Double Integral

1. Apr 10, 2005

PhysicsMajor

Greetings all,

I need help setting up this problem:

Use a double integral to find the area of the region enclosed by the curve

r=4+3 cos (theta)

Thanks

2. Apr 10, 2005

estalniath

Hello.

1)You'll have to draw a polar curve to help you out with this question. From the drawn polar curve, you'll get the minimum value of r to be 1. (when cos(theta) is negative)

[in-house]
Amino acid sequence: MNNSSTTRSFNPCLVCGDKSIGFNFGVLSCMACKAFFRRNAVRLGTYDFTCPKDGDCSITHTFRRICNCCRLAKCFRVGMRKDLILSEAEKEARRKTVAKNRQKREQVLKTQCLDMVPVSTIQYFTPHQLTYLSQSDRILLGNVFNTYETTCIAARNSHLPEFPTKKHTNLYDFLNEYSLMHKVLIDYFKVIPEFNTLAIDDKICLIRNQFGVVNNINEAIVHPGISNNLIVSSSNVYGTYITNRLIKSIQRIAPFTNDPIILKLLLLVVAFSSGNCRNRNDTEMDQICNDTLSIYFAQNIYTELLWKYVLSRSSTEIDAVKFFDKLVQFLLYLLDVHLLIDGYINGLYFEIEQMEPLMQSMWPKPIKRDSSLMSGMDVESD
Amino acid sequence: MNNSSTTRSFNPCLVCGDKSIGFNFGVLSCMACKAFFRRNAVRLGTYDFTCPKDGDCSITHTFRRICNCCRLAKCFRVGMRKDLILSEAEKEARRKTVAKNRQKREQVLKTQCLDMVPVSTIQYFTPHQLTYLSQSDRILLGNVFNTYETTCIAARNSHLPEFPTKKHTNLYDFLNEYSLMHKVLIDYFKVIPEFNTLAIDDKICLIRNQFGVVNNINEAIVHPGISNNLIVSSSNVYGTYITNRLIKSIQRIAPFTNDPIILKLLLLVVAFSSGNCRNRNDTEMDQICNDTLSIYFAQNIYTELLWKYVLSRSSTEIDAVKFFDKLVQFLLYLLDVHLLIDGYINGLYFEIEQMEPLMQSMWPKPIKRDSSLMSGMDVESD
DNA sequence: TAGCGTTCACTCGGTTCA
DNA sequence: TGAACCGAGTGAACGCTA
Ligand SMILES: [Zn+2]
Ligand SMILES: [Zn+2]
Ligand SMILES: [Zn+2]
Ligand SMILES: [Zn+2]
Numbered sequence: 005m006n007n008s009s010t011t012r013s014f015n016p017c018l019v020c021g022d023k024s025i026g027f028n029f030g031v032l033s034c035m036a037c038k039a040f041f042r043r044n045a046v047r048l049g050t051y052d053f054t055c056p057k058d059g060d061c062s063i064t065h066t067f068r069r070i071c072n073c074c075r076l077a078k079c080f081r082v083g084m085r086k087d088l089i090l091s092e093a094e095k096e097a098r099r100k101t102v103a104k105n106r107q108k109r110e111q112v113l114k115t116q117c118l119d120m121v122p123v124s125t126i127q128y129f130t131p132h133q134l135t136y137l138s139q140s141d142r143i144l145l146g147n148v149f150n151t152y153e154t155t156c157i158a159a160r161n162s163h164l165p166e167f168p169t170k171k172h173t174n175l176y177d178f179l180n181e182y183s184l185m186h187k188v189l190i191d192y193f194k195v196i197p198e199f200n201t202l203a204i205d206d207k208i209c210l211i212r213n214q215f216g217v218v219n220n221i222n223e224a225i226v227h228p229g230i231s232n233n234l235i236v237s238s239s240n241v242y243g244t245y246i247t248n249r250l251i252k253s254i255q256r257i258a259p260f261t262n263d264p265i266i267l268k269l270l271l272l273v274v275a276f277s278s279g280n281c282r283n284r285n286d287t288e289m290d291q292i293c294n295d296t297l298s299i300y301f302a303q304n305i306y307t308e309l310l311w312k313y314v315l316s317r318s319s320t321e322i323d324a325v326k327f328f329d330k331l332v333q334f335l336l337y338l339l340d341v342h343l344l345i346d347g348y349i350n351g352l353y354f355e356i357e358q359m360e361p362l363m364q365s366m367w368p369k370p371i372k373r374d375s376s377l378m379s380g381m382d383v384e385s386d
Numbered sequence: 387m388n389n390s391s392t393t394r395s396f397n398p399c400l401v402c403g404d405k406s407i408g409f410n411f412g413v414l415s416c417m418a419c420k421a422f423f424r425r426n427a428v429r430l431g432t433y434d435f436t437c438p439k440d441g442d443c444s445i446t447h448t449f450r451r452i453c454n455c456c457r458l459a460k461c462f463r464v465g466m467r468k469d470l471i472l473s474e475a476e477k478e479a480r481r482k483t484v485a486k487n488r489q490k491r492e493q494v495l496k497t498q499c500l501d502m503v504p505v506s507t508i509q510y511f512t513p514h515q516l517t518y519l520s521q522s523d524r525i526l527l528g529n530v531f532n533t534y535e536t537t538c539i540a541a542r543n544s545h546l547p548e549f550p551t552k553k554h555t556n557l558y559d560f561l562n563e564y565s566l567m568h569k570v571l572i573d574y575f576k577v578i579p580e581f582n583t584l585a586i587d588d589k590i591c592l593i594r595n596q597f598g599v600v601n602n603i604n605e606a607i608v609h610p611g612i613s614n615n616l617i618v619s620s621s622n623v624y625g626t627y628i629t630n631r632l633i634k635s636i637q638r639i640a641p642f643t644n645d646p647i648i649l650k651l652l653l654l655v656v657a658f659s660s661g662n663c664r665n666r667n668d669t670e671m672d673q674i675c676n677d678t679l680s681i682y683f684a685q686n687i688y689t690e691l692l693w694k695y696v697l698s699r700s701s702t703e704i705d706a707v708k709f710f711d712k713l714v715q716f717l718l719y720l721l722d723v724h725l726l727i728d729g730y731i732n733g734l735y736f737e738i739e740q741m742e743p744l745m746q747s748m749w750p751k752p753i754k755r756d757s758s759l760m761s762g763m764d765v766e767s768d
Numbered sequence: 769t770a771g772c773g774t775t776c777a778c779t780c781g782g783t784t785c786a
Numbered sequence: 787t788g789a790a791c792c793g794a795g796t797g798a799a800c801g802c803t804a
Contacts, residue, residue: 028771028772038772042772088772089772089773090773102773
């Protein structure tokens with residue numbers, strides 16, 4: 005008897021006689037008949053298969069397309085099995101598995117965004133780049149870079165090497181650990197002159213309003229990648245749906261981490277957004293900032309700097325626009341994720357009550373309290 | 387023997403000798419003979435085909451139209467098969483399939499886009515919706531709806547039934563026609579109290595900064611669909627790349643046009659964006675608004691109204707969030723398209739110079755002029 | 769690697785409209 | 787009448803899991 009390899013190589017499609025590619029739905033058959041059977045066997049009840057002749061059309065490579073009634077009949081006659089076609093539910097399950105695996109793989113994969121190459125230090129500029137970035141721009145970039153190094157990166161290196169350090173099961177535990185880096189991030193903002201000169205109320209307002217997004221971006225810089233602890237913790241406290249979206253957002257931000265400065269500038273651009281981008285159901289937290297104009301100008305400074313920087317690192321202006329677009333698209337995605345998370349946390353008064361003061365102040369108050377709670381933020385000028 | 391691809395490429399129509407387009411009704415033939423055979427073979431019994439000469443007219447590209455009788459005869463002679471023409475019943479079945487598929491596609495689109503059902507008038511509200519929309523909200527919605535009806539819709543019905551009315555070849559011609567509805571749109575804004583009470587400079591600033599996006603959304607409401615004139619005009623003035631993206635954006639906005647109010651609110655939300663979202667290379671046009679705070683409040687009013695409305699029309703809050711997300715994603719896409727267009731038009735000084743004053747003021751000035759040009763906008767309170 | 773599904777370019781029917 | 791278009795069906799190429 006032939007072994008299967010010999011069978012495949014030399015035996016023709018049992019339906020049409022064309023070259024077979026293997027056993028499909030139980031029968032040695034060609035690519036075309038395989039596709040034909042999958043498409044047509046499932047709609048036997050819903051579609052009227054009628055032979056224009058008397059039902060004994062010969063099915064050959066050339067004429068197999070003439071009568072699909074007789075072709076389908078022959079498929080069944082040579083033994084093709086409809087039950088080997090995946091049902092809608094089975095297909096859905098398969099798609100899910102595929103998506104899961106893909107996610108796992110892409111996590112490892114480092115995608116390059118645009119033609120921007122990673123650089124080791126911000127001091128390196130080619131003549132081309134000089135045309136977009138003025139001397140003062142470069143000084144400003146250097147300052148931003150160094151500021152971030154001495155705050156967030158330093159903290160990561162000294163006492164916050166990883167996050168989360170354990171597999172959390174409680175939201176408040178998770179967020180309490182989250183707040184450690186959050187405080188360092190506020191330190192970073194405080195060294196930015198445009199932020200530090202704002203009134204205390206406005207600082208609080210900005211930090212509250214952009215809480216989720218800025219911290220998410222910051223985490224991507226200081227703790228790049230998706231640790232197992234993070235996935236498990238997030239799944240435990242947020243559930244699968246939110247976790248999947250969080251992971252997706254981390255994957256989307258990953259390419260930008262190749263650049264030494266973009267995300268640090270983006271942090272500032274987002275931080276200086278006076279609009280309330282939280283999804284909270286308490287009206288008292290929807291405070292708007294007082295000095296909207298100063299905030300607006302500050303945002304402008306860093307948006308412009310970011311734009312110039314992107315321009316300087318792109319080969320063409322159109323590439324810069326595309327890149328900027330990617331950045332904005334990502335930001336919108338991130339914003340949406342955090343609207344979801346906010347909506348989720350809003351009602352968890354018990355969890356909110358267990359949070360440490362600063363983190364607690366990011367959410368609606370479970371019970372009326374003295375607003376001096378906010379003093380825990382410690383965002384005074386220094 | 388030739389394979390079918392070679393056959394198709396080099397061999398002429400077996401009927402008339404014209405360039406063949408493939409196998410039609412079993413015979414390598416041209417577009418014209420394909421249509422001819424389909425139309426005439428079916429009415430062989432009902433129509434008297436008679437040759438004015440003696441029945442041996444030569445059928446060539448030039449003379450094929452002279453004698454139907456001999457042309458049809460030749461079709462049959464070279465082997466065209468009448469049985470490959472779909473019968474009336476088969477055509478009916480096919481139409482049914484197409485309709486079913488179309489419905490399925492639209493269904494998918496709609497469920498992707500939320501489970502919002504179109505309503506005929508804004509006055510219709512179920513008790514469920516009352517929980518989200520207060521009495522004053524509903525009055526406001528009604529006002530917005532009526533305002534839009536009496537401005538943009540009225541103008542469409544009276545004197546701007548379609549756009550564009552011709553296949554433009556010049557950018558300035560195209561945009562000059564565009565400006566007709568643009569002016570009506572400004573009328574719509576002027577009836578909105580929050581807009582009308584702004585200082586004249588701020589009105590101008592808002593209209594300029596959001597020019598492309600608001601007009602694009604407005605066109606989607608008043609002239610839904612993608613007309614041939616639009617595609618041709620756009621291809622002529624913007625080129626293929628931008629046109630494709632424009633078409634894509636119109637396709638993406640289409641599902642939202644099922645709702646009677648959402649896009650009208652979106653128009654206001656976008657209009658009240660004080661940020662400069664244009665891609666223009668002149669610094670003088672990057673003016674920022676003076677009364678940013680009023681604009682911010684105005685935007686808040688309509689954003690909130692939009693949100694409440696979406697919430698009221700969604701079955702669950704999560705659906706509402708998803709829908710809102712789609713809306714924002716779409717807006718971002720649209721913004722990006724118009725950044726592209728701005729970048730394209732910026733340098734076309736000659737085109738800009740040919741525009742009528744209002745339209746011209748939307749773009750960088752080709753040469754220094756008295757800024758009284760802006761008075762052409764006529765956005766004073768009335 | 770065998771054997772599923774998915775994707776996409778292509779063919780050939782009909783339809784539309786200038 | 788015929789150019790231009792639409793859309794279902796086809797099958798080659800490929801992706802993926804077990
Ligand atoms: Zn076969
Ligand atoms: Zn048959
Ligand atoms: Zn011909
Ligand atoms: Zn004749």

2) Thus it follows that the range for r is 1<=r<=4+3cos(theta)
Hence we'll integrate r from 1 to 4+3cos(theta)
3) For the range of theta, you can use the range from 0 to pi for simplicity in calculations.(Just multiply the answer by 2 to obtain the full area.)

I hope this helps =)

3. Apr 10, 2005

dextercioby

Yeah,a plot might help u convince why the limit wrt $\theta$ need to be 0 and $\pi$ and why you shouldn't integrate from 0 to $2\pi$

I think it's a cardioide.

Daniel.

Last edited: Apr 10, 2005
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